14-year-old György's life is torn apart in World War II Hungary as he is sent to a concentration camp where he is forced to become a man, and learns to find happiness in the midst of hatred, and what it really means to be Jewish.
Two men become entangled in a torrid love affair with the same woman. Pierre is Miriam's longtime lover. John is desperately searching for clues about his past when he and Miriam have a ... See full summary »
The Hotel Splendide is on a remote and cold island, accessible only by a once-a-month ferry. It's a dark and dreary spa created by the late Dame Blanche, whose grown children now run the ... See full summary »
Jewish brothers in Nazi-occupied Eastern Europe escape into the Belarussian forests, where they join Russian resistance fighters and endeavor to build a village in order to protect themselves and about 1,000 Jewish non-combatants.
In 2054, Paris is a labyrinth where all movement is monitored and recorded. Casting a shadow over everything is the city's largest company, Avalon, which insinuates itself into every aspect of contemporary life to sell its primary export -- youth and beauty. In this world of stark contrasts and rigid laws the populace is kept in line and accounted for.
An aging Hollywood star, Joe Scott, lives a life of narcissistic hedonism, observed by his laconic personal assistant, Ophelia. The death of his childhood best friend, Boots, takes our protagonist, and the movie, into an extended flashback to a sea-side town in 1970's Britain. Hollywood star Joe is now a teenage boy in a tentative relationship with a school-girl called Ruth. Further, his mother's friend, Evelyn, is attempting to seduce him. Engulfed by guilt at the unintended, tragic consequences of his subterfuge, he leaves home. The movie then switches back to contemporary Hollywood. Joe confronts his fear and returns to England for a difficult meeting with Ruth, who had gone on to marry Boots and has been a left a poor widow. Written by
None of the cars that were supposed to be in California, had a front California License Plate. They only had rear California plates. California is a front and rear plate State. See more »
He's got no stamina.
I love your nose.
Oh, thanks. I wanted to get my nose done since I was ten. It wasn't as simple as I thought. The doctors found out that I didn't have any cartilage in the tip of my nose. So then he needs to do that. Um, my nose was too long, so, I needed to shorten it. And then it was too wide so I had to thin it. And, uh, it was just a lot more complicated than I thought. My nose was just an insane amount of money.
See more »
Quite possibly my favourite movie of 2008 - A story told with heartfelt emotion
There's a saying I heard a long time ago... "The person that's got everything has nothing" and this movie kind of explains one way of looking at it (in my opinion).
In a materialistic influenced world we live in it can be easy to fall into how believing happiness and wellbeing comes only from having all the things wealth can bring i.e. the clean cut minimalist house walking out onto the white sand overlooking a beautiful serene sea, a selection of gleaming new sports cars, the tailored clothes etc etc. But I guess for some people who have reached this place/goal in their life have focused on the goal so much that they've forgotten where they've come from and what they may have been running from.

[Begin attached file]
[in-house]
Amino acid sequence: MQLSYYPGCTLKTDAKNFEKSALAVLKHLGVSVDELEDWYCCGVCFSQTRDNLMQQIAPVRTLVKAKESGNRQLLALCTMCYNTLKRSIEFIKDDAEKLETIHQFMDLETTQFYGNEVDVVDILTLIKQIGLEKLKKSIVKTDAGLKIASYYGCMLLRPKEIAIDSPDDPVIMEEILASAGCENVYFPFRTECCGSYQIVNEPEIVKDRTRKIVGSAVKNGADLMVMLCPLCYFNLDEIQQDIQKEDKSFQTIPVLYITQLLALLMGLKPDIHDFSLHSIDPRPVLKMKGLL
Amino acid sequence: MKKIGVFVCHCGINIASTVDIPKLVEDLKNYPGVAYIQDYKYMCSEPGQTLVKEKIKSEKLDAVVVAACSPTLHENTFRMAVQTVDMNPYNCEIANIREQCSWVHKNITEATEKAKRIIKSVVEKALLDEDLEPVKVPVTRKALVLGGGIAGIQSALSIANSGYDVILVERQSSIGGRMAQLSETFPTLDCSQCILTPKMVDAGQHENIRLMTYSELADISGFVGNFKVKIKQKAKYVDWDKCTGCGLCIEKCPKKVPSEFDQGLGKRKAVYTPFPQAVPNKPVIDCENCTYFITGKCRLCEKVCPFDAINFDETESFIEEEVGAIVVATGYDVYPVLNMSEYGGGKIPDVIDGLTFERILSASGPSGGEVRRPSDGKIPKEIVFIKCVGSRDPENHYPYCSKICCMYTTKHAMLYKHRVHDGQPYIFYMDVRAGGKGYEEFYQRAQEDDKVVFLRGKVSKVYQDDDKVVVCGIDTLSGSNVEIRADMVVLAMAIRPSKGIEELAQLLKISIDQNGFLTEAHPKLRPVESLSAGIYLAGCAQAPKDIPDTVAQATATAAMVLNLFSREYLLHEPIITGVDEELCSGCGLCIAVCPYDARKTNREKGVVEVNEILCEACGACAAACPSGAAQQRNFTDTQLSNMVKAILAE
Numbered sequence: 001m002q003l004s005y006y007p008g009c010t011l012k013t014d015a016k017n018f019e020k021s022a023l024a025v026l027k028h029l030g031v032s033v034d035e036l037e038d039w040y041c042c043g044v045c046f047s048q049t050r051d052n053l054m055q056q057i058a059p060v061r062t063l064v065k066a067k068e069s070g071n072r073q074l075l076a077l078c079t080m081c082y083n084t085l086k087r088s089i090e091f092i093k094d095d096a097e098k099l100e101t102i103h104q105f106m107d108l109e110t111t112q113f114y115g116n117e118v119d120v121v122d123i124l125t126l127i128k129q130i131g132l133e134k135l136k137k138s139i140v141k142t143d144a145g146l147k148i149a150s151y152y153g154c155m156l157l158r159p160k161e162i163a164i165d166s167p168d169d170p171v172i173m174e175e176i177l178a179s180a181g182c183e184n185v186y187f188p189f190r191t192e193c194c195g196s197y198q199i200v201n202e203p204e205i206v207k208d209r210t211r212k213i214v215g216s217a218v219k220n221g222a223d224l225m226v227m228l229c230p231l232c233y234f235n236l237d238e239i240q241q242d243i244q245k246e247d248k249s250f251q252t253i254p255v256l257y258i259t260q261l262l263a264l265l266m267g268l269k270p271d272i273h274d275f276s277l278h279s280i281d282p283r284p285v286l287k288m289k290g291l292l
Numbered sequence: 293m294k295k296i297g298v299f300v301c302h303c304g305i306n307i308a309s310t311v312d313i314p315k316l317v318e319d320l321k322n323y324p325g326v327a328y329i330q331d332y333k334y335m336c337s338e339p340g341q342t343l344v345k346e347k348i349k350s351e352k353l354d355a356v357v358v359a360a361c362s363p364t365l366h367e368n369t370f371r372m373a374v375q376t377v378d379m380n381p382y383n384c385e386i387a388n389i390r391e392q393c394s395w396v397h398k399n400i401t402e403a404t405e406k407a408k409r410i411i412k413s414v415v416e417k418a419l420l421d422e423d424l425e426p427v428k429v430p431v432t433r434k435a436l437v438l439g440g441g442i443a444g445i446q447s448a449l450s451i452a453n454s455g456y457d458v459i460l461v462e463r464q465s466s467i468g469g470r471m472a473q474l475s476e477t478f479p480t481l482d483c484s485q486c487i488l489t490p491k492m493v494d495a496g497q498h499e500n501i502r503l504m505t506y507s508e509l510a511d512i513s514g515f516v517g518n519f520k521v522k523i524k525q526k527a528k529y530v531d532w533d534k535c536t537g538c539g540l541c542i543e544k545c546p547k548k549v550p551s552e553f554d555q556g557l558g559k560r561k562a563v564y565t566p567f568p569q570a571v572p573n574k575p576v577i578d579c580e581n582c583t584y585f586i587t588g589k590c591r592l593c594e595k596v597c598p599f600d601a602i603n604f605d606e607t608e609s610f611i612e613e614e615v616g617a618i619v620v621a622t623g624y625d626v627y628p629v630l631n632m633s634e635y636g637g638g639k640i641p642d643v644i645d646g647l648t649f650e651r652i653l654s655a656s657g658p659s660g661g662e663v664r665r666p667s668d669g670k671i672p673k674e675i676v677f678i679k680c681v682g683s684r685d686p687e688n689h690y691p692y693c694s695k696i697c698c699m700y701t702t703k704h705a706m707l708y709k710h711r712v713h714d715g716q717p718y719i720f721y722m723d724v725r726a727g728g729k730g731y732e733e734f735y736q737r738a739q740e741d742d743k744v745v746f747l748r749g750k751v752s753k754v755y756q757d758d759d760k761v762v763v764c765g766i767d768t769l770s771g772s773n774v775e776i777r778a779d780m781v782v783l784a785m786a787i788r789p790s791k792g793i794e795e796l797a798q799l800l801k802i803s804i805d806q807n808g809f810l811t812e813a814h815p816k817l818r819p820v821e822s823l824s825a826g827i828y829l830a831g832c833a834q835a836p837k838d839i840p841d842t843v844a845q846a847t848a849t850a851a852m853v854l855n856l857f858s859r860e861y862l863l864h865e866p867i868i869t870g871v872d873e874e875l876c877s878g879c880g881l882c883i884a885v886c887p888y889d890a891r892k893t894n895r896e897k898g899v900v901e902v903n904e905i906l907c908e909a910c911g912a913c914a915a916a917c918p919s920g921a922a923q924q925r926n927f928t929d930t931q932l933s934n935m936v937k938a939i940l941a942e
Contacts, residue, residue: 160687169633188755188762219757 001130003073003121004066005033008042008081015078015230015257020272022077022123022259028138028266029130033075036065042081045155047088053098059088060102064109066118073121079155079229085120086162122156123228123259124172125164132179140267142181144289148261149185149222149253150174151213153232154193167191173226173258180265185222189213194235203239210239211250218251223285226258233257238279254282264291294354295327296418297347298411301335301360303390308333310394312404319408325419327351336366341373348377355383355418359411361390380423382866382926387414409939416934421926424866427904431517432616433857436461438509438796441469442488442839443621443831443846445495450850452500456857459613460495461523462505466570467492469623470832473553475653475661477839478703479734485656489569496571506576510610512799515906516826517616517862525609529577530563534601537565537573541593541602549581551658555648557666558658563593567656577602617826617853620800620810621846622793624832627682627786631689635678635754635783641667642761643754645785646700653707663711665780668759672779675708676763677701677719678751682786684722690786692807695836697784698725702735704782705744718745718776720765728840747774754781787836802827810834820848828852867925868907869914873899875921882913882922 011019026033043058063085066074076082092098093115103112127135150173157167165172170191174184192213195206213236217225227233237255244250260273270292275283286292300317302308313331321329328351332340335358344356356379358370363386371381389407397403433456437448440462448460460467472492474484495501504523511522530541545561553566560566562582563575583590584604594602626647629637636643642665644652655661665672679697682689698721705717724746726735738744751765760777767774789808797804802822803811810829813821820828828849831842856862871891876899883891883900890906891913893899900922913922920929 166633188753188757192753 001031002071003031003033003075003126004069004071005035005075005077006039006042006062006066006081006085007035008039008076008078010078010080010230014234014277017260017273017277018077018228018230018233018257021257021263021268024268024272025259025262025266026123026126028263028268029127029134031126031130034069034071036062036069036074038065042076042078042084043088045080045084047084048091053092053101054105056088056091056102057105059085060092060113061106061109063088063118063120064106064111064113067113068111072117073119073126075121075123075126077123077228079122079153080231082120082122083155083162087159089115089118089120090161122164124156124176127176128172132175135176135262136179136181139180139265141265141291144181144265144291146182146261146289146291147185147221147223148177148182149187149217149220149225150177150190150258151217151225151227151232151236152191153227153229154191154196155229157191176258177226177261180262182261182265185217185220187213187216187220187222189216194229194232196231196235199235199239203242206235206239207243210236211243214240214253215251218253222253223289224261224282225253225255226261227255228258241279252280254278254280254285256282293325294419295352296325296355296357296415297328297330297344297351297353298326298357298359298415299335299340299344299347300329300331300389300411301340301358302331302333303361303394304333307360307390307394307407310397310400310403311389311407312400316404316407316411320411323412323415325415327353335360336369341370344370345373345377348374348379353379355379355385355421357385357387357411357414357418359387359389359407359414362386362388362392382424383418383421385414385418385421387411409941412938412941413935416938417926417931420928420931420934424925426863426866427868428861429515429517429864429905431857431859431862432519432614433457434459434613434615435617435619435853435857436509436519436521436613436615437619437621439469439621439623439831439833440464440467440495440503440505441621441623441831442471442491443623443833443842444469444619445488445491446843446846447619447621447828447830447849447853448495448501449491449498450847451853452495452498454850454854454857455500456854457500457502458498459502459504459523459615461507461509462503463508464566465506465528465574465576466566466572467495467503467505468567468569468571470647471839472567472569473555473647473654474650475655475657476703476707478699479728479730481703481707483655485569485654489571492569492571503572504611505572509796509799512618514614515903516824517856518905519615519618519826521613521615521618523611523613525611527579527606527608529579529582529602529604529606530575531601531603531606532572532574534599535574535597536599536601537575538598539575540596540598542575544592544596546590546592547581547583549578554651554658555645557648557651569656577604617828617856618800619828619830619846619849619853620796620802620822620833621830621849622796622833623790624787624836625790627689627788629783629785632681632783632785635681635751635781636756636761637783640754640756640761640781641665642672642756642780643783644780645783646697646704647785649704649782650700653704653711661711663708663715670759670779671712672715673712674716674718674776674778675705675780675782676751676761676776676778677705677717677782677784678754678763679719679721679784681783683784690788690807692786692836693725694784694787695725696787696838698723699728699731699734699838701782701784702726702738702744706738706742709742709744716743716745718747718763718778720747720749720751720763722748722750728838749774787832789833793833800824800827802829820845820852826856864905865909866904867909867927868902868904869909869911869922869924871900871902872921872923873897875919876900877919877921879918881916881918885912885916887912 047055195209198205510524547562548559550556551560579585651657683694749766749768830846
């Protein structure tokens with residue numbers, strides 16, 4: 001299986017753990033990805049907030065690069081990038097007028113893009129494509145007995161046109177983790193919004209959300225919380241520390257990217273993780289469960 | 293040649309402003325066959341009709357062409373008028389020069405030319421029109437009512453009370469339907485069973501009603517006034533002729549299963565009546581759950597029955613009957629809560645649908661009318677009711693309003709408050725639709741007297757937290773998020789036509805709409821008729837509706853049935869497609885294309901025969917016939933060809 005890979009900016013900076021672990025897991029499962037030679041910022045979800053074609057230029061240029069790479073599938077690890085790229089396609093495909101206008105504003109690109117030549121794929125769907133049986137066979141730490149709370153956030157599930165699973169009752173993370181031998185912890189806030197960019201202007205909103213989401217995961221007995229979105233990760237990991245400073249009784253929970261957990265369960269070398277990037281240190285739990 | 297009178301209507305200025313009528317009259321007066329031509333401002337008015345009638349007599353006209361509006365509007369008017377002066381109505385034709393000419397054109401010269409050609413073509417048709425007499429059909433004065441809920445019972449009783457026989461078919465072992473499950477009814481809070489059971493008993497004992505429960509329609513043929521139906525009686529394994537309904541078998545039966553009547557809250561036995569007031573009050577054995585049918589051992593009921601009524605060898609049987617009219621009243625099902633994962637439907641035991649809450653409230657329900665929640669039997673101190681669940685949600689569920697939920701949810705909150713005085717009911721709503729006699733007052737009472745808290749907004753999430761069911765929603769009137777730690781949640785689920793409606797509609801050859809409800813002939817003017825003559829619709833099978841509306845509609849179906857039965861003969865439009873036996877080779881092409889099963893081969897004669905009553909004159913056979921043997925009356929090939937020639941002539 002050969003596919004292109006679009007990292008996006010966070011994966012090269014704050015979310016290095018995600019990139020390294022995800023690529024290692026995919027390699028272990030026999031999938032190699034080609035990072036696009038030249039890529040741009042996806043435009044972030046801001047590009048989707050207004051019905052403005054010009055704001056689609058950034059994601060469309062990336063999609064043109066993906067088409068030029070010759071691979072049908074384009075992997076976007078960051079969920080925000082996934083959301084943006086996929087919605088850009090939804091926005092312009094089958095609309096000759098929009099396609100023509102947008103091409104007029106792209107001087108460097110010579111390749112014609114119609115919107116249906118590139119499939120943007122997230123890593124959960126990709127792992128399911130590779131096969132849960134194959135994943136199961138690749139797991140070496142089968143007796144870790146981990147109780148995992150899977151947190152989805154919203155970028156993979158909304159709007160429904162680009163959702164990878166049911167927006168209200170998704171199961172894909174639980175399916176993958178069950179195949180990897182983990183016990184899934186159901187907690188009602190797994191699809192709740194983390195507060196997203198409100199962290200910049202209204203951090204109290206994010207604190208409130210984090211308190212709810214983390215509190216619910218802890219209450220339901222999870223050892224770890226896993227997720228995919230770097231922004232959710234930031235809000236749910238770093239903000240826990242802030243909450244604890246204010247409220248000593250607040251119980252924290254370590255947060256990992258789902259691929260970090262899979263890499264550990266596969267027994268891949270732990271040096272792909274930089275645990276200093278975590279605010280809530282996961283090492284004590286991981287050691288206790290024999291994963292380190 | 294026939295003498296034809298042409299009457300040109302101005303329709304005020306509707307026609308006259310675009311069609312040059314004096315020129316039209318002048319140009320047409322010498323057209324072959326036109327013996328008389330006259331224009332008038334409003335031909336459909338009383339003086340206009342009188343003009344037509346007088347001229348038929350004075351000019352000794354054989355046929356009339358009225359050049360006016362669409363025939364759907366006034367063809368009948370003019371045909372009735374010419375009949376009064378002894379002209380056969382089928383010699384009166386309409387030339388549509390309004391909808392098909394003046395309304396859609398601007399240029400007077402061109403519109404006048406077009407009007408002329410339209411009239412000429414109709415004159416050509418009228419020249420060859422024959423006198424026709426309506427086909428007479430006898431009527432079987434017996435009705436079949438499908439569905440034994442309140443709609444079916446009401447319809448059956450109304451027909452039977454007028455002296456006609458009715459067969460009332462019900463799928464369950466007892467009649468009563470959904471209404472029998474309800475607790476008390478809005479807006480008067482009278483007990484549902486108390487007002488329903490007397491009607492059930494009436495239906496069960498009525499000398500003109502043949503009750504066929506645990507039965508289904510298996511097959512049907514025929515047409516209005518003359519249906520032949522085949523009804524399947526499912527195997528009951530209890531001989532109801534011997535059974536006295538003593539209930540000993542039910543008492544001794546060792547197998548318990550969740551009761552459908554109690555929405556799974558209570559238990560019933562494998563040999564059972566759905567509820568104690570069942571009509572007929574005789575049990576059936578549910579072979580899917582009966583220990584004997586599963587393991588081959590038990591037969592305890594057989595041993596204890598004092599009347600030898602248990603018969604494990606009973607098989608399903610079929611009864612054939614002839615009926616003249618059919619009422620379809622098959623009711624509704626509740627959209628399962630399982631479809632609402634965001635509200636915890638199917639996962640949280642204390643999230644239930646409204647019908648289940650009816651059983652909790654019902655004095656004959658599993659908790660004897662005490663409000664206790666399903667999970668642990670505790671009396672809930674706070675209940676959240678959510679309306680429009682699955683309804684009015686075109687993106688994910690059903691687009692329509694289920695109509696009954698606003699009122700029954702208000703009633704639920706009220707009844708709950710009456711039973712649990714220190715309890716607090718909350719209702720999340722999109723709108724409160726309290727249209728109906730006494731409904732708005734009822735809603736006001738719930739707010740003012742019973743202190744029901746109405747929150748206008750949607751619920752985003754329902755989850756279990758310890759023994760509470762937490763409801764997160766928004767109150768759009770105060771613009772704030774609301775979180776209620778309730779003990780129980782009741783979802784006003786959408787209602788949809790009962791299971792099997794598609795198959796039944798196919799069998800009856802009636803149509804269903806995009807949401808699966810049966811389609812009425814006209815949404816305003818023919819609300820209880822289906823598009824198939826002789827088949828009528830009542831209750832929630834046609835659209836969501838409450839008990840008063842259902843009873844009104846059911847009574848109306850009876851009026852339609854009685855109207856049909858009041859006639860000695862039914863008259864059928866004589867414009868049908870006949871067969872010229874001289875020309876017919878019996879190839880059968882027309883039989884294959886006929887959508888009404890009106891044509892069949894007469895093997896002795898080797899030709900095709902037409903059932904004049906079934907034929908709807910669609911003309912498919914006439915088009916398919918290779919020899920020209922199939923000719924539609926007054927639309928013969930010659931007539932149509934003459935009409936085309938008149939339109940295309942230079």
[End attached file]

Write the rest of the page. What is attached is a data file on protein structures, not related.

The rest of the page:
Now what this gem of a movie does is carefully and meticulously unravel the story of a troubled man in this very situation, dealing with the daemons of his past, the spontaneous difficult decisions he had to make as a boy which has carved this stone cold embodiment of a man on the edge of existence.
Now I'm not going to break down and dissect this film and give a whole rundown on how and why I think this is a great movie but I will say this. The story of a nasty main character (amazing job from both Daniel Craig and Harry Eden) and showing the world that he lives in and lived in by slowly letting the viewer past his metaphorical protective wall while allowing the viewer to piece together how and why he is the way he is, is presented exquisitely.
I don't want to give anything away on the plot and story but I have to say there where two parts that absolutely blew me away and I'll just give you a vague hint. One involving a shot of artwork with intention of displaying a contrast of relation between the background and foreground giving an artistic viewpoint on the real subject matter (works on so many levels) and the other being a close up shot which encapsulated a lot of emotion and made my heart just drop.
all in all the whole production was done well, especially the editing (even though it's obviously apparent they had some great content to work with) and did, for me, what all great stories do, kept me entertained through demanding my full attention and rewarding that attention in the form of an emotional roller-coaster.
Last note: please try not to second guess while trying to predict what's coming next and how it ends. Just enjoy the story that is being told because it's been executed very well.
PS: I would have given this a 10 but wanted other readers to take this review seriously as I do love the art of storytelling, especially a good movie and it's unfortunate that there's too many marketing teams pushing up star ratings here on IMDb.
Thanks for reading my first review and I hope you enjoy "Flashbacks of a Fool" as much as I did.
43 of 49 people found this review helpful.
Was this review helpful to you?